What would life on Mars look like? NASA thinks it’s getting one step closer to figuring it out. The Agency has awarded a combined $700,000 to the first and second-place teams in its 3D-Printed Habitat Challenge.
Self-described “multi-planetary architectural and technology design agency” AI SpaceFactory, based in New York, took first place with $500,000. A team of professors from Penn State finished in second with $200,000 (R2 851 870,00).
AI SpaceFactory places first in the NASA 3D Printed Habitat Challenge! Thank you all for your support. pic.twitter.com/6neyAuvcfR
— AI SpaceFactory (@AISpaceFactory) May 5, 2019
AI SpaceFactory beat over 60 other teams in the finale of an ongoing competition that began in 2015. NASA ran the contest in conjunction with Bradley University of Peoria, Illinois, where the final challenges were held.
For the On-Site Habitat Competition, teams had to autonomously print a one-third-scale habitat. This habitat had to be built from recyclables and materials that could be found on deep-space destinations, like the Moon and Mars.
Teams built their habitats in 10-hour increments as a panel of judges watched. Once complete, the structures were tested for material mix, leakage, durability and strength.
“The final milestone of this competition is a culmination of extremely hard work by bright, inventive minds who are helping us advance the technologies we need for a sustainable human presence on the Moon, and then on Mars,” says Monsi Roman, program manager for NASA’s Centennial Challenges, in a press statement.
“We celebrate their vision, dedication and innovation in developing concepts that will not only further NASA’s deep-space goals, but also provide viable housing solutions right here on Earth.”
The winning design, named MARSHA, was built from a biopolymer basalt composite and “marks a radical departure from previous Martian designs typified by low-lying domes or buried structures,” according to the winning team. Instead of building MARSHA to fight off gravity and wind, AI SpaceFactory designed it to combat internal atmospheric pressure and structural stresses. For the design firm, that means using a vertical container with a minimal footprint.
“It’s light, and it’s strong, like an airplane,” says Lex Akers, Dean of the Caterpillar College of Engineering and Technology at Bradley University, in the press statement. “That’s going to be very important for these types of habitats.”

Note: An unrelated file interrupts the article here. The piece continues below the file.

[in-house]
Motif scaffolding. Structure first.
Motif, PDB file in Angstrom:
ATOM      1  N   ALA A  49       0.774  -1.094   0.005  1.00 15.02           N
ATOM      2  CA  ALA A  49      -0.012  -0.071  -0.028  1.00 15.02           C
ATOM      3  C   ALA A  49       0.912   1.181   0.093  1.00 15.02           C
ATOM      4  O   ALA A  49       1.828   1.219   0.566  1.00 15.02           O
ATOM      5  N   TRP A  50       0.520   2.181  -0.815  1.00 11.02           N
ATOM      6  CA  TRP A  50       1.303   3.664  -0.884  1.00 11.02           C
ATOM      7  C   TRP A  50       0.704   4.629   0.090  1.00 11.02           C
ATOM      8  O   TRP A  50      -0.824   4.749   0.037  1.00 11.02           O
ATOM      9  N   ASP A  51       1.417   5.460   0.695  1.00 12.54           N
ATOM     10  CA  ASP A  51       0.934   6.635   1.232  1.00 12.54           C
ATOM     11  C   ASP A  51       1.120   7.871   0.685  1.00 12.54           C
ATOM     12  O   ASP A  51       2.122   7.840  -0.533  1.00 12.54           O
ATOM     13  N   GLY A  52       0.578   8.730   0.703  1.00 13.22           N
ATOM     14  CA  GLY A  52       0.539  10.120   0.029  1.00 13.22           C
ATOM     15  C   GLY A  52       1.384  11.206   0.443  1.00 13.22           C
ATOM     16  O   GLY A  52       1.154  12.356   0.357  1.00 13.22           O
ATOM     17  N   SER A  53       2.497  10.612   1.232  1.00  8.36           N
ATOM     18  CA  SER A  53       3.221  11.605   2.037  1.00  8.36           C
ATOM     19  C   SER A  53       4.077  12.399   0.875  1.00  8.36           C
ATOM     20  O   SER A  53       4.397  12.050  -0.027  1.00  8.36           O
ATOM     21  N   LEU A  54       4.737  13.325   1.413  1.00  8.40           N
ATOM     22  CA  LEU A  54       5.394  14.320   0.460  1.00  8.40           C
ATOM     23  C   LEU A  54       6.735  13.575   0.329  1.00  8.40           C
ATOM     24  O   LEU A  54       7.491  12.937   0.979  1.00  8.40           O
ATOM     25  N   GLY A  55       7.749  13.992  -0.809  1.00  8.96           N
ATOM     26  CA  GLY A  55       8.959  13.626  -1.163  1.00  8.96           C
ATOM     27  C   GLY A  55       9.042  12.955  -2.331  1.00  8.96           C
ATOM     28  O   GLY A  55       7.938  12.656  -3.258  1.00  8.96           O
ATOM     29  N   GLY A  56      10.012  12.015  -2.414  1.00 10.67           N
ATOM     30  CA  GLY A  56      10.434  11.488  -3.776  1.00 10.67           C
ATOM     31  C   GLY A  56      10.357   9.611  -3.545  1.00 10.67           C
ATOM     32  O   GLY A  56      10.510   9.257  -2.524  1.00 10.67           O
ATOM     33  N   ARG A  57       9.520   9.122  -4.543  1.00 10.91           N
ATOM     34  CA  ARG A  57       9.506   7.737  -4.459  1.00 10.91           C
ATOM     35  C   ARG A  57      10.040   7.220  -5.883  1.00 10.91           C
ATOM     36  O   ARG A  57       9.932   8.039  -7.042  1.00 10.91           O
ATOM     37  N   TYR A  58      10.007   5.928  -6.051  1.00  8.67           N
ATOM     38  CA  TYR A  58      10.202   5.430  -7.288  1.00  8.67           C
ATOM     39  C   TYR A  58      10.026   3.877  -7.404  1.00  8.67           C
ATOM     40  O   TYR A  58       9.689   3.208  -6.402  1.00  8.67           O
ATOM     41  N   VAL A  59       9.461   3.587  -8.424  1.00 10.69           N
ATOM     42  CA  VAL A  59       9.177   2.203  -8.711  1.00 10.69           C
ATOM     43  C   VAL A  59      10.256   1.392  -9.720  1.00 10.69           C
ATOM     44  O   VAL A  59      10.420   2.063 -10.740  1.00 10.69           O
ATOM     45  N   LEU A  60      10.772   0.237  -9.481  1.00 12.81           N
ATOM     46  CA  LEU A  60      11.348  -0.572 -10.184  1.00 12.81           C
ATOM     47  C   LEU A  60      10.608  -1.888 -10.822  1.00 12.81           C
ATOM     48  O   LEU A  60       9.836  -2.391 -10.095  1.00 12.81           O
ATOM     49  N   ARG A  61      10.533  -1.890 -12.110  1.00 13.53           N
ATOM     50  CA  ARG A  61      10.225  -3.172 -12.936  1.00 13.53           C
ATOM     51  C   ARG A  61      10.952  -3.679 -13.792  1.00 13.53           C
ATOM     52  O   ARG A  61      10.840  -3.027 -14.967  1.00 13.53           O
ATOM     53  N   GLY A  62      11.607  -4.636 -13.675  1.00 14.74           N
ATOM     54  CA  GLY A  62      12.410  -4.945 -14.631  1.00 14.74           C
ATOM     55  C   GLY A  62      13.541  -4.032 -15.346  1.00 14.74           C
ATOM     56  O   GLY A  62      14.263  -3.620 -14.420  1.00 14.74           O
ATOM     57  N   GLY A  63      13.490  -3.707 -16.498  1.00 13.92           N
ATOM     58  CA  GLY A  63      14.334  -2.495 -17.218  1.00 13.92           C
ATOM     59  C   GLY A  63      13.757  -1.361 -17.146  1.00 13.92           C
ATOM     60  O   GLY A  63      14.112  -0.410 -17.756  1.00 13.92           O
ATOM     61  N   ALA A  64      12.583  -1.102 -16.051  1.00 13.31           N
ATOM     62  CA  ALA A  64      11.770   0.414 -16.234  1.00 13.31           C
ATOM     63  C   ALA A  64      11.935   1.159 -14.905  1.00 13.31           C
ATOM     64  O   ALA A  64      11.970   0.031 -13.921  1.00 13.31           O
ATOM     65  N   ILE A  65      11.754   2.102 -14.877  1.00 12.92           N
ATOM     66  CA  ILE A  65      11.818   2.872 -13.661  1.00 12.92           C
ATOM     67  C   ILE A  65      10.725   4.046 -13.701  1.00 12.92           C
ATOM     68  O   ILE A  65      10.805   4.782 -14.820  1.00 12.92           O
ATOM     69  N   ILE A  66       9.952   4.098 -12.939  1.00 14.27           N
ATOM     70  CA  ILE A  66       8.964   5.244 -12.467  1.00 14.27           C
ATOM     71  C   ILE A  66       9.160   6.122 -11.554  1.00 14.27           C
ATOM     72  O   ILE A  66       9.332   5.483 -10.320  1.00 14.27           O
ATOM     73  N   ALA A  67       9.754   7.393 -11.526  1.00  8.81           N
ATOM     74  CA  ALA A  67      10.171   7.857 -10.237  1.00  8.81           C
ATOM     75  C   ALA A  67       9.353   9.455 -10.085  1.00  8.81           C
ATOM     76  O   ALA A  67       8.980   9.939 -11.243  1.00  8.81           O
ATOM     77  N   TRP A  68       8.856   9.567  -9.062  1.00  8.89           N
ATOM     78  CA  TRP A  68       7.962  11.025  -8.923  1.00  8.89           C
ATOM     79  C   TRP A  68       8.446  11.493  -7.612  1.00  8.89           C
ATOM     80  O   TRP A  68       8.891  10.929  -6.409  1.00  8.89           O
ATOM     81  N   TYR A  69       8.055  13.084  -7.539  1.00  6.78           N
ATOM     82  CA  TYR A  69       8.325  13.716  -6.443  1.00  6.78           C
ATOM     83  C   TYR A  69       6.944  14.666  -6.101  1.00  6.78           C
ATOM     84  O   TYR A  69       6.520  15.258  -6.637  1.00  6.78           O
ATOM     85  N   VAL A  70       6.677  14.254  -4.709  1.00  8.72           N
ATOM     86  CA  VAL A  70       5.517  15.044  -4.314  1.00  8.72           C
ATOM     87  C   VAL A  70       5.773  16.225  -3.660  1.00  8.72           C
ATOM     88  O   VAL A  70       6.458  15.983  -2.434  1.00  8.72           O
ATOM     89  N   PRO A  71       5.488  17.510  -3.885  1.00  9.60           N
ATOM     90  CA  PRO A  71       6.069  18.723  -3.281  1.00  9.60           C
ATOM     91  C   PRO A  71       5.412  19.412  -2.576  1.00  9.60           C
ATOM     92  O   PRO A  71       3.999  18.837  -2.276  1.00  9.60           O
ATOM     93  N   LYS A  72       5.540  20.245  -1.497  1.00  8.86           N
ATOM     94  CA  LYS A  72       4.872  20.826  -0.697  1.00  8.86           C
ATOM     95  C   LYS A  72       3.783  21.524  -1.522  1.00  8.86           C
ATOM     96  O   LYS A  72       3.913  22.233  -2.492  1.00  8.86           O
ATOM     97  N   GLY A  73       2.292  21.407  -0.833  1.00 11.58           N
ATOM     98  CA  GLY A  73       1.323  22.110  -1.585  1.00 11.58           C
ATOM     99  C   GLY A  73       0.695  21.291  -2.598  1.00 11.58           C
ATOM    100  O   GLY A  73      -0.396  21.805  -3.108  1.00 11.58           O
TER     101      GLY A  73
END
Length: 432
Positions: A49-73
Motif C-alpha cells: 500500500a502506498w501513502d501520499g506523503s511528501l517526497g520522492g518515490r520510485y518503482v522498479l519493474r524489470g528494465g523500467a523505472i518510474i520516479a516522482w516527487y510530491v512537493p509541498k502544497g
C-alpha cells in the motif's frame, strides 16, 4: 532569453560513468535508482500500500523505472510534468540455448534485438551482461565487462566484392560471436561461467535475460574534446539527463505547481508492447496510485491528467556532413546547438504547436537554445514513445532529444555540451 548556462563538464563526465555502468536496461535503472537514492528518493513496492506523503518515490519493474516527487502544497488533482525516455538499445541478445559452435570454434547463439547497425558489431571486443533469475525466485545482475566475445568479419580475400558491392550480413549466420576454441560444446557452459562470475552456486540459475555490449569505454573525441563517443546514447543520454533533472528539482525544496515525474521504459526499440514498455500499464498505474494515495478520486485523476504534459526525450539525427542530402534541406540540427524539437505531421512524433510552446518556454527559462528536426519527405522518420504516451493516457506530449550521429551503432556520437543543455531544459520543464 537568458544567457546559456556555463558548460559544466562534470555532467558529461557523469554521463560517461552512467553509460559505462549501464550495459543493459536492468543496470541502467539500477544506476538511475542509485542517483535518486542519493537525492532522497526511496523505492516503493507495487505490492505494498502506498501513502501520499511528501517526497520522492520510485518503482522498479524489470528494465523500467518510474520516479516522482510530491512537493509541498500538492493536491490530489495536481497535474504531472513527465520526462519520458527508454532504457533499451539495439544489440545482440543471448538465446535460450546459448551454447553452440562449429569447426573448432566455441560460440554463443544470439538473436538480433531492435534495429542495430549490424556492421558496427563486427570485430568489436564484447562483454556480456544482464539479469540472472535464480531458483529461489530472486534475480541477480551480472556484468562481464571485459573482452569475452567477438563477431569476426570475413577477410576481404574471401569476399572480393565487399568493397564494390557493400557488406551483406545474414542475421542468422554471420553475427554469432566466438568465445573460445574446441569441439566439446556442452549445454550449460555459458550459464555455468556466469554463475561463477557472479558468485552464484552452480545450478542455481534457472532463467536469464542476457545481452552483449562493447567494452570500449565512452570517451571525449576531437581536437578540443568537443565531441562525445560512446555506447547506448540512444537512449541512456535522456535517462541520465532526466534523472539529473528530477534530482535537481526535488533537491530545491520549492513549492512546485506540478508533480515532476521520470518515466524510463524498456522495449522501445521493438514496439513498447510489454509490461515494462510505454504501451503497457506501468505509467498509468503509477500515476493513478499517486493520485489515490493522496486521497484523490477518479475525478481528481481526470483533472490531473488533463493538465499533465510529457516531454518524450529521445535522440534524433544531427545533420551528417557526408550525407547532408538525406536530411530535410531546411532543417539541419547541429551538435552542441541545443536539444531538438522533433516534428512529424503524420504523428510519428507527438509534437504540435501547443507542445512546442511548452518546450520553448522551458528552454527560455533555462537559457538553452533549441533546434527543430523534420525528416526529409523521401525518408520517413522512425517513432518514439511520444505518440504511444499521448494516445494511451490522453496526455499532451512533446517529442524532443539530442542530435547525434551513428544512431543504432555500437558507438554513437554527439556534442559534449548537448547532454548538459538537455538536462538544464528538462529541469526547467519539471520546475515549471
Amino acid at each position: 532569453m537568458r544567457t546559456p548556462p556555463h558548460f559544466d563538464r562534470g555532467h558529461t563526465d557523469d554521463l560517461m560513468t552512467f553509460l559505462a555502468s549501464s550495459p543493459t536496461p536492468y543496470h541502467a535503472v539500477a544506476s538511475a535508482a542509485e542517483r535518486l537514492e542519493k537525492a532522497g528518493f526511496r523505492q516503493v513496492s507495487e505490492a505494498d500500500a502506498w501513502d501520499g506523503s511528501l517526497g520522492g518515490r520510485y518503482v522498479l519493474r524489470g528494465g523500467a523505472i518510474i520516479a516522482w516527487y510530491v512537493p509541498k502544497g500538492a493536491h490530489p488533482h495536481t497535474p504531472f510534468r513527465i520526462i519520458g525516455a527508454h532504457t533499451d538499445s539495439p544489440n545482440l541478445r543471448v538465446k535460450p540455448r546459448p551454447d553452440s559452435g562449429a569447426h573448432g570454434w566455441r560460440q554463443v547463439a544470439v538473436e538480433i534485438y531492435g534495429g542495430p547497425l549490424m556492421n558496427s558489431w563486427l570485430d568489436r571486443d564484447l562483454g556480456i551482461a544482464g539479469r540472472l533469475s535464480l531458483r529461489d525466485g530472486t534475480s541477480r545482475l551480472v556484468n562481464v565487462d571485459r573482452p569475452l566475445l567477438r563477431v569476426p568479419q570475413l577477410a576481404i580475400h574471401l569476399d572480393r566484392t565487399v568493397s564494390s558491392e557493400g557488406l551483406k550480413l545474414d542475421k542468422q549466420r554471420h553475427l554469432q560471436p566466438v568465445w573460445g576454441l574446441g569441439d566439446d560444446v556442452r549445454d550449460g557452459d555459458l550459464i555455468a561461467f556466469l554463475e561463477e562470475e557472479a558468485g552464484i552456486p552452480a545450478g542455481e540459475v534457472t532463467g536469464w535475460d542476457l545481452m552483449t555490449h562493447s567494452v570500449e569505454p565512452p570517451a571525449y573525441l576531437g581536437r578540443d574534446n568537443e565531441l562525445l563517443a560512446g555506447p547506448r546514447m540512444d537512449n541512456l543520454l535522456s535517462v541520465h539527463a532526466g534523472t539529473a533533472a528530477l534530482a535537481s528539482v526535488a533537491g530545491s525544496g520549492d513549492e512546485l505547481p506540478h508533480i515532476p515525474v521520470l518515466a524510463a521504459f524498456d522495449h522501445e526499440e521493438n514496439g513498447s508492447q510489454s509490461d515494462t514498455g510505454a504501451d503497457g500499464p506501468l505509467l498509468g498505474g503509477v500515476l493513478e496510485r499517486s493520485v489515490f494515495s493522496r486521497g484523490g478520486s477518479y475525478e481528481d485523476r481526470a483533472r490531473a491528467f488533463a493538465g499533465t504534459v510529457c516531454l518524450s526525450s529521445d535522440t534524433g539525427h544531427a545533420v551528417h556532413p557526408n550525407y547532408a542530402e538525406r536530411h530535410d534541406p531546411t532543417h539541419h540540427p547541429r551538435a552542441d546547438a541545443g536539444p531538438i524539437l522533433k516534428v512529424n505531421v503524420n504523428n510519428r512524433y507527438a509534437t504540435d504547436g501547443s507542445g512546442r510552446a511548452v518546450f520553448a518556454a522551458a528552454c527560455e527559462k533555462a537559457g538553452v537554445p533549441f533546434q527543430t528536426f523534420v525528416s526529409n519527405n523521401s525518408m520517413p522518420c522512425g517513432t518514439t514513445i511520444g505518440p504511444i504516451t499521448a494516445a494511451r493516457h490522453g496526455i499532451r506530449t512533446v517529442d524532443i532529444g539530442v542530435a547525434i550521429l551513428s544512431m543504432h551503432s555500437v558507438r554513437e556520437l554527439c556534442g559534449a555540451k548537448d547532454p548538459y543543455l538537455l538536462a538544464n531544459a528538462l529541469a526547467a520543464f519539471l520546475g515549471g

Research shows architecture has an impact on human psychology, and any habitat on Mars would likely carry extra emotional significance due to its isolation, at least at first. That gives housing a responsibility to draw out a person’s social tendencies.
“MARSHA’s functional areas are spread over four levels identified by a unique interior atmosphere that encourages mobility and averts monotony,” AI SpaceFactory says. “Via the large skylight above and intermittent windows, the space between the two shells acts as light-well connecting all levels with diffuse natural light. This unique space allows for a stair to arc gently from floor to floor, adding dimension to daily life.”
To that end, each MARSHA level has at least one window. Combined, all of the windows equal a 360-degree view of the surrounding area. With a casing that would keep inhabitants safe from radiation, it would also use circadian lighting designed to recreate Earth-style light in an attempt to ease the isolation of the planet.
AI SpaceFactory doesn’t plan to limit its MARSHA plan to hypothetical competitions.
“We developed these technologies for Space, but they have the potential to transform the way we build on Earth,” says David Malott, CEO and Founder of AI SpaceFactory. “By using natural, biodegradable materials grown from crops, we could eliminate the building industry’s massive waste of unrecyclable concrete and restore our planet.”
SpaceFactory plans on starting with TERA, an eco-habitat in upstate New York that it will be crowdfunding on Indiegogo. As proof of its dedication to environmental practices, AI SpaceFactory will be making TERA out of recycled MARSHA.
Originally published on Popular Mechanics